MW, 9:30am to 10:45am
Class will not meet on:
Class will meet on:
This course takes a formal approach to analyzing the way firms
make production and sales decisions and interact strategically with each other in the marketplace. We begin
with a study of optimal pricing policies, including versioning, bundling, and related market
segmentation strategies. In the second part of the course, we apply game theory to the study of oligopoly
interaction, focusing on pricing and output strategies in a dynamic setting. Finally, we analyze
strategies for firm dominance, especially through the deterrence of potential competition. The
list of such strategies includes capacity expansion, product proliferation, and exclusive dealing
The main goal of the course is to develop the basic intuition for pricing and other forms of
strategic behavior on the part of firms, both when faced with complex patterns of consumer demand and when faced with strategic
The course in primarily targeted at junior and senior students. It presupposes familiarity with basic algebra and calculus, as well as basic microeconomic analysis. Students are required to have taken a semester of microeconomics. Students are also expected to be comfortable with basic algebra and calculus, including systems of equations and derivatives.
The topics developed in the course include: Introduction and overview; Basic pricing; Price
discrimination by indicators and by self-selection; Static and dynamic oligopoly competition (tacit collusion and
cartels); Strategic behavior, entry and exit: entry deterrence, predatory pricing, mergers. A more complete description will be available in a course outline available at http://pages.stern.nyu.edu/~agavazza/outlineFall2010.pdf .
The required text is Cabral, Luis, Introduction to Industrial Organization, MIT Press, 2000.
There will be two tests, given in class, each covering approximately one half of the course material.
There will also be four problem sets assigned throughout the semester.
Please note that there are no make-up exams in this course. Students are responsible for checking the test dates
and avoid any conflict with other commitments.
Grading will be based on the two tests (40% each), as well as class participation (20%). Problem sets will be grated on a check/+/- basis.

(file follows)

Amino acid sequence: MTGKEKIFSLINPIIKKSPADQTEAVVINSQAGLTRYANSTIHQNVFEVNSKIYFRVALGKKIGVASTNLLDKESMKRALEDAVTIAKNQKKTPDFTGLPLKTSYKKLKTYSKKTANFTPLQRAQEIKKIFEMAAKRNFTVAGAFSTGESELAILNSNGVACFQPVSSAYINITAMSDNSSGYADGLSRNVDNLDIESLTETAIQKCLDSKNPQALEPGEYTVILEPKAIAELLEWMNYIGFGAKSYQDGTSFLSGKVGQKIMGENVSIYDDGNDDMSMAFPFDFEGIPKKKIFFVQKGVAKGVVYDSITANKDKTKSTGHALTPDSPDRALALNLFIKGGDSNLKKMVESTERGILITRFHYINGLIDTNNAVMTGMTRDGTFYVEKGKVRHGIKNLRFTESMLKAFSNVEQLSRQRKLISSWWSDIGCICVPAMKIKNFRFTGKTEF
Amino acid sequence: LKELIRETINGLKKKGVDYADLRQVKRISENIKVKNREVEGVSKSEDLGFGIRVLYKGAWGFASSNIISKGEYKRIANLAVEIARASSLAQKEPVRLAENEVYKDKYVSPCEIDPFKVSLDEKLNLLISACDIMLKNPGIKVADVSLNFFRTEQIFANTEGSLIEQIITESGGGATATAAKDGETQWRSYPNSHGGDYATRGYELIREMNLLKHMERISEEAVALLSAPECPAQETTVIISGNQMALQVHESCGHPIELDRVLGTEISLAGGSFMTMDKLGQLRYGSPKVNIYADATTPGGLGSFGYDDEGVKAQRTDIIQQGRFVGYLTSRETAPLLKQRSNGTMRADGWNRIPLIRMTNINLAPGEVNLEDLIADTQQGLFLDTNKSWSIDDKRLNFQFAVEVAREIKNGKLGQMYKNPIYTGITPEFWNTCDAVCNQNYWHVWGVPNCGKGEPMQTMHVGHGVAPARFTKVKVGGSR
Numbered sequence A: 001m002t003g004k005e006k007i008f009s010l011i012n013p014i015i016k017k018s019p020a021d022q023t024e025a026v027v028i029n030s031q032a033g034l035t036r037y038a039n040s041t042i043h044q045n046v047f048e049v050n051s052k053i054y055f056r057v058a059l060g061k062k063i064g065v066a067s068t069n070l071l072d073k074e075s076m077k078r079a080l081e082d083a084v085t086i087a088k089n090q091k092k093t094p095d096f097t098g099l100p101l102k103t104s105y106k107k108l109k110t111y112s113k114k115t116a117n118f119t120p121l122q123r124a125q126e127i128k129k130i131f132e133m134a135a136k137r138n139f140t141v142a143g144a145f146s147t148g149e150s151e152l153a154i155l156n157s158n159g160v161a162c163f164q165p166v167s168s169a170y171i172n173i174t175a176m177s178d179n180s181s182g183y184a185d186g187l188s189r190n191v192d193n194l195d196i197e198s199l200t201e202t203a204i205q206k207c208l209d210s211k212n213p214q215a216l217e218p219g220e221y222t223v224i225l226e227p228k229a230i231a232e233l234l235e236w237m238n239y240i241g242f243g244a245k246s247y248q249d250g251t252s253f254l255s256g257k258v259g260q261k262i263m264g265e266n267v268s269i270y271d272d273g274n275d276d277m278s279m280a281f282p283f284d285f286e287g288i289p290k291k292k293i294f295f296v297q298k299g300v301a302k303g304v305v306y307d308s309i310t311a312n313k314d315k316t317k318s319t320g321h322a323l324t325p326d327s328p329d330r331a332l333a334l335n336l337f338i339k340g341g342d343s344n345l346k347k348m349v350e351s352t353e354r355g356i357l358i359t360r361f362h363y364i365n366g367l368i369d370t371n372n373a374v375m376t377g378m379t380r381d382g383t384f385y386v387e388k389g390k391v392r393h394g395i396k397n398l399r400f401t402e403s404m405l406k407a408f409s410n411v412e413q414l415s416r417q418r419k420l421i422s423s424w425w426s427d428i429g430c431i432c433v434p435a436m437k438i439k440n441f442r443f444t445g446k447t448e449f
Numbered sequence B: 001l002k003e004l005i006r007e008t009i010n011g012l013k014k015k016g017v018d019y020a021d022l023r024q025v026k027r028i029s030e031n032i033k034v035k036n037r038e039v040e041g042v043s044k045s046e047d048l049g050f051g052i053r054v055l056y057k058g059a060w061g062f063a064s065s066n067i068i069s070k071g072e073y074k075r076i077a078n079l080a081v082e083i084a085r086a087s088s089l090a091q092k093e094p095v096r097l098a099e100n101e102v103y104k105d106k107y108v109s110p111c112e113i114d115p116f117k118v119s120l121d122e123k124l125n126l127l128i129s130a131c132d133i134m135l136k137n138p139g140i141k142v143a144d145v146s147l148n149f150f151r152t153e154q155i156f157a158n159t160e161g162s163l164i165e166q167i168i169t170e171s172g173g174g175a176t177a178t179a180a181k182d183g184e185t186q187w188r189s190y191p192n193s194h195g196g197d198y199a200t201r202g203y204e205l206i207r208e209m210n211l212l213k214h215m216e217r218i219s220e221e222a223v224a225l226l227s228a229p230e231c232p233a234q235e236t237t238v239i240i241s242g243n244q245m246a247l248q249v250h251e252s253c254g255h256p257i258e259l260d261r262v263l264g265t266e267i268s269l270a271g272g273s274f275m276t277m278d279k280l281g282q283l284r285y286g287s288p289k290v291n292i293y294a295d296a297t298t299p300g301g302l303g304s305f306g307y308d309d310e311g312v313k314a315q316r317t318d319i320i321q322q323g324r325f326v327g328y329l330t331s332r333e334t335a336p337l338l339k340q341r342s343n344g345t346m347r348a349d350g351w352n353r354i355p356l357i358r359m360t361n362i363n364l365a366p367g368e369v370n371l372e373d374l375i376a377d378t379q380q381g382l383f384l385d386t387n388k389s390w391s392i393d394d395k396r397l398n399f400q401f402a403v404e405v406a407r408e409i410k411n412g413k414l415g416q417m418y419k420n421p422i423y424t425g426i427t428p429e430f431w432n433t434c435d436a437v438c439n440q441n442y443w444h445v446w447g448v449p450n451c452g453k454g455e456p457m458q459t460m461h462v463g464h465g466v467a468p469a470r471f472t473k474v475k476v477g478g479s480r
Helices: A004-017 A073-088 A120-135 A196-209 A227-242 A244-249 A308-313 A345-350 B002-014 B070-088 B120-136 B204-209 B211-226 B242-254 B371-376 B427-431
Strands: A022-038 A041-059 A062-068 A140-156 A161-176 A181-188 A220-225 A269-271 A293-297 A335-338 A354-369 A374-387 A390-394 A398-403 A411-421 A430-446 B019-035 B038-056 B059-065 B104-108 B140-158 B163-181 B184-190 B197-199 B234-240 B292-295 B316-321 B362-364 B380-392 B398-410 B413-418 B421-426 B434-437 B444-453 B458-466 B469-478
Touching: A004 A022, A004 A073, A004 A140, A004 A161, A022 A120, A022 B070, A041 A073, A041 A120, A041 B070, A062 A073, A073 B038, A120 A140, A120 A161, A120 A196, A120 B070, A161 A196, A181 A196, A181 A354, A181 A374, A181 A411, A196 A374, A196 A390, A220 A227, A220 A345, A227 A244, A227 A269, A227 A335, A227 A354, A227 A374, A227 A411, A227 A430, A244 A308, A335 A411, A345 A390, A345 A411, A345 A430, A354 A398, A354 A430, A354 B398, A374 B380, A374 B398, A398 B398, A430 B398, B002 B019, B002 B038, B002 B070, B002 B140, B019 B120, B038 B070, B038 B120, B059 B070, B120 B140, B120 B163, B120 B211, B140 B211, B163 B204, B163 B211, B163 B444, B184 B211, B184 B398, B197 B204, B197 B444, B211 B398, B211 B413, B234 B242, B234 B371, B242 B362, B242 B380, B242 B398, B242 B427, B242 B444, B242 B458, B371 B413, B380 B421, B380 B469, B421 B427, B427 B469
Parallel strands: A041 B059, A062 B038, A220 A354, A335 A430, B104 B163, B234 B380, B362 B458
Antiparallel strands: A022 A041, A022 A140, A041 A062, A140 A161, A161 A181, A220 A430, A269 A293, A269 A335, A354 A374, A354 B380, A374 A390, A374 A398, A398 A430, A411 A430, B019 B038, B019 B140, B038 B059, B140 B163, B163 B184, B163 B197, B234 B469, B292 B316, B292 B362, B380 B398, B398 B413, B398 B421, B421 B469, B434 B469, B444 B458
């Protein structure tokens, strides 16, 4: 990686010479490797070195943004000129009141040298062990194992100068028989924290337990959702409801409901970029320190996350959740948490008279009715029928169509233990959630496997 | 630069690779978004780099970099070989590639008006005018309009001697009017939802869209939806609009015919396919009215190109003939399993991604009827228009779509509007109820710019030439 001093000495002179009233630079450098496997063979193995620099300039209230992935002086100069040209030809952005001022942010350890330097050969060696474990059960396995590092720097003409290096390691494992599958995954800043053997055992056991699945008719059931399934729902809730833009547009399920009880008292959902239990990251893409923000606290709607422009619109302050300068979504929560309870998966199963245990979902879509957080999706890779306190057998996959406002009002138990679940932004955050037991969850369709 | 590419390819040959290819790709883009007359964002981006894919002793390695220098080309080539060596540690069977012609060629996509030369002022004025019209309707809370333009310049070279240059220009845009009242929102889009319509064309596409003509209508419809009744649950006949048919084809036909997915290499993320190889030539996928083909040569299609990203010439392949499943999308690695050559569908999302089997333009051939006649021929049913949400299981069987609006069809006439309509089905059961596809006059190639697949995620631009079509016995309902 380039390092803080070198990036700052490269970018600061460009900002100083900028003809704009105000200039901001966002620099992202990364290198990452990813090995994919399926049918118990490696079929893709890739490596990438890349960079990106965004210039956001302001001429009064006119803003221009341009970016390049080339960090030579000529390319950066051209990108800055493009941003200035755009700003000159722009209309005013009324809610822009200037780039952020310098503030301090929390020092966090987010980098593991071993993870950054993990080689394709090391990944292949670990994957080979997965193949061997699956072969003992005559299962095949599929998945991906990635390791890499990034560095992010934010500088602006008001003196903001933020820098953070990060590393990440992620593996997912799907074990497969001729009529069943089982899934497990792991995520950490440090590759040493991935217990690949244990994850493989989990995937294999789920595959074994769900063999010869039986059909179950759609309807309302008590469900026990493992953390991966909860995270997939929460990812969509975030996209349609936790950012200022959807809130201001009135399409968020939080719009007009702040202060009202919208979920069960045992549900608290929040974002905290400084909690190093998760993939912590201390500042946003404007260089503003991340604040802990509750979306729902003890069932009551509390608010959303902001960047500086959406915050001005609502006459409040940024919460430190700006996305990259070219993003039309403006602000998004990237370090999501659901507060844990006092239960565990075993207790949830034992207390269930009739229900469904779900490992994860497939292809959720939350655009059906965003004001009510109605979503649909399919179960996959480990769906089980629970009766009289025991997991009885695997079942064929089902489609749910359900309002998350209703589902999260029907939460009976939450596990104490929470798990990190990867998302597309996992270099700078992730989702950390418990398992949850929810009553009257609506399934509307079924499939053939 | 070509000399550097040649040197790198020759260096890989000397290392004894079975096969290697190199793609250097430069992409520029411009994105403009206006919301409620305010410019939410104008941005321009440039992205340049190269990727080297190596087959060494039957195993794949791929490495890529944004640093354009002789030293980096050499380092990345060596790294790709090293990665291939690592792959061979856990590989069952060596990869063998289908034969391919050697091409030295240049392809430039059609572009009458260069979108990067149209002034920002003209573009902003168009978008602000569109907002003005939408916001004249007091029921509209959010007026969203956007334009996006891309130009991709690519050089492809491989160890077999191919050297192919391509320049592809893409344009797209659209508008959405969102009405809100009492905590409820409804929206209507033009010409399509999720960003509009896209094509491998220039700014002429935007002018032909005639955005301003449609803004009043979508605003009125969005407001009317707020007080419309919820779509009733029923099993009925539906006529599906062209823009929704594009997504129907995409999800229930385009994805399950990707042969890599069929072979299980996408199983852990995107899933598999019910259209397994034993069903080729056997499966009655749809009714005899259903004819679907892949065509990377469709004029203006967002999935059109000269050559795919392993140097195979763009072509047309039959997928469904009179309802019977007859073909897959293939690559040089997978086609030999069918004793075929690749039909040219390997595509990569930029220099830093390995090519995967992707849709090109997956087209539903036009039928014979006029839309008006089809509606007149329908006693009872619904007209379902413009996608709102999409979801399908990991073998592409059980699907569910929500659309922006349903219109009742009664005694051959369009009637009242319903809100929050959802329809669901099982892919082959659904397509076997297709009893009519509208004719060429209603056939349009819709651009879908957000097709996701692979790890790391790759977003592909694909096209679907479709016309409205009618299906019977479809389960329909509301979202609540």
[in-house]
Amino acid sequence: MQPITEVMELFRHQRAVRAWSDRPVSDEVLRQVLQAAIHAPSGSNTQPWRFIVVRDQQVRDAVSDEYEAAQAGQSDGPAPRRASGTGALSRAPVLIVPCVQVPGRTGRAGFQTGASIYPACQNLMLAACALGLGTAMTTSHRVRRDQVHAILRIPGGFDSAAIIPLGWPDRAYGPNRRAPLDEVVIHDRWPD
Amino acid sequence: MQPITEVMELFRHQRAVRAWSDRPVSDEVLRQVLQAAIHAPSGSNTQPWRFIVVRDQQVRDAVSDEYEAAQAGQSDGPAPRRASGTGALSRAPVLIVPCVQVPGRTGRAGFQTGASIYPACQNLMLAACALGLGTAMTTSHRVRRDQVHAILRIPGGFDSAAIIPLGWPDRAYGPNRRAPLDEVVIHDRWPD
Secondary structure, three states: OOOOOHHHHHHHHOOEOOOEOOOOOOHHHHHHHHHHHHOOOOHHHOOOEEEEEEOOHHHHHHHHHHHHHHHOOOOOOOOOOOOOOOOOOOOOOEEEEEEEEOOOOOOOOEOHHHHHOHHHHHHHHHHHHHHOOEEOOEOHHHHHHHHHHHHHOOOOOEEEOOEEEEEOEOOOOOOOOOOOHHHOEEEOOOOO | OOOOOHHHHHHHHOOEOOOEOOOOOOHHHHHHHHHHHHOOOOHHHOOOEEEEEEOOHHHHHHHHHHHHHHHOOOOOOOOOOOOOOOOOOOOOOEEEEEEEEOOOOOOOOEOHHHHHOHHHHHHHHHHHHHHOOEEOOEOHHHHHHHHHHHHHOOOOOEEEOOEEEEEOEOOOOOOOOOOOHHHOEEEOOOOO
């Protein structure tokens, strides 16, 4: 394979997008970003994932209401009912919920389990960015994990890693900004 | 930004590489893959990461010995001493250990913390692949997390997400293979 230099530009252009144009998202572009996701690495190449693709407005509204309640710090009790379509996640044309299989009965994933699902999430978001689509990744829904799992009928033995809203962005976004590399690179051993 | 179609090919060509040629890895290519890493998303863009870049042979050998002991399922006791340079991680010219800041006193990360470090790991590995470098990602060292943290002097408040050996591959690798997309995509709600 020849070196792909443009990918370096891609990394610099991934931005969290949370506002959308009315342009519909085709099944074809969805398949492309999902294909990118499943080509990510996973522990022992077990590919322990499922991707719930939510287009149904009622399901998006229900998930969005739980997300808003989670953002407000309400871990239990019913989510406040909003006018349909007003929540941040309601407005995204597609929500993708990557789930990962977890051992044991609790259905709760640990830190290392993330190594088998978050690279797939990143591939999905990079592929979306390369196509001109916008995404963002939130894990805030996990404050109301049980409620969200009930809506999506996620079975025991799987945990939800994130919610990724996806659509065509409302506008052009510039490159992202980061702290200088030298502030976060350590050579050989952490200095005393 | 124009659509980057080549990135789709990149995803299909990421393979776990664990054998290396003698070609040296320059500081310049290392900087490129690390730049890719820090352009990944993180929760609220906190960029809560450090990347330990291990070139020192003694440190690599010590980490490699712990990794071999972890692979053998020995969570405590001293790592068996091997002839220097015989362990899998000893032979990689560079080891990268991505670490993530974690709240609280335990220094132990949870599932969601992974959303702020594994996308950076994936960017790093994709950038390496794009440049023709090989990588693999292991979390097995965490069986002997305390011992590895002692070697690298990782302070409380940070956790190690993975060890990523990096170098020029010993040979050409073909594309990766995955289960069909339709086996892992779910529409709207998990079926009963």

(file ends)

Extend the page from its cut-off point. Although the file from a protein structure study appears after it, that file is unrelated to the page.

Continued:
At NYU Stern we seek to teach challenging courses that allow students to demonstrate their mastery of the subject matter. In general, students in undergraduate core courses can expect a grading distribution where:
Note that while the School uses these ranges as a guide, the actual distribution for this course and your own grade will depend upon how well you actually perform in this course.
The process of assigning grades is intended to be one of unbiased evaluation. Students are encouraged to respect the integrity and authority of the professor’s grading system and are discouraged from pursuing arbitrary challenges to it.
If you believe an inadvertent error has been made in the grading of an individual assignment or in assessing an overall course grade, a request to have the grade re-evaluated may be submitted. You must submit such requests in writing to me within 7 days of receiving the grade, including a brief written statement of why you believe that an error in grading has been made.
In-class contribution is a significant part of your grade and an important part of our shared learning experience. Your active participation helps me to evaluate your overall performance.
You can excel in this area if you come to class on time and contribute to the course by:
The School expects that students will conduct themselves with respect and professionalism toward faculty, students, and others present in class and will follow the rules laid down by the instructor for classroom behavior. Students who fail to do so may be asked to leave the classroom.
Collaboration on Graded Assignments
Students may not work together on graded assignment unless the instructor gives express permission.
Course evaluations are important to us and to students who come after you. Please complete them thoughtfully.
Integrity is critical to the learning process and to all that we do here at NYU Stern. As members of our community, all students agree to abide by the NYU Stern Student Code of Conduct, which includes a commitment to:
The entire Stern Student Code of Conduct applies to all students enrolled in Stern courses and can be found here:
Undergraduate College: http://www.stern.nyu.edu/uc/codeofconduct
Graduate Programs: http://w4.stern.nyu.edu/studentactivities/involved.cfm?doc_id=102505
To help ensure the integrity of our learning community, prose assignments you submit to Blackboard will be submitted to Turnitin. Turnitin will compare your submission to a database of prior submissions to Turnitin, current and archived Web pages, periodicals, journals, and publications. Additionally, your document will become part of the Turnitin database.
Your class may be recorded for educational purposes
If you have a qualified disability and will require academic accommodation of any kind during this course, you must notify me at the beginning of the course and provide a letter from the Moses Center for Students with Disabilities (CSD, 998-4980, www.nyu.edu/csd) verifying your registration and outlining the accommodations they recommend. If you will need to take an exam at the CSD, you must submit a completed Exam Accommodations Form to them at least one week prior to the scheduled exam time to be guaranteed accommodation.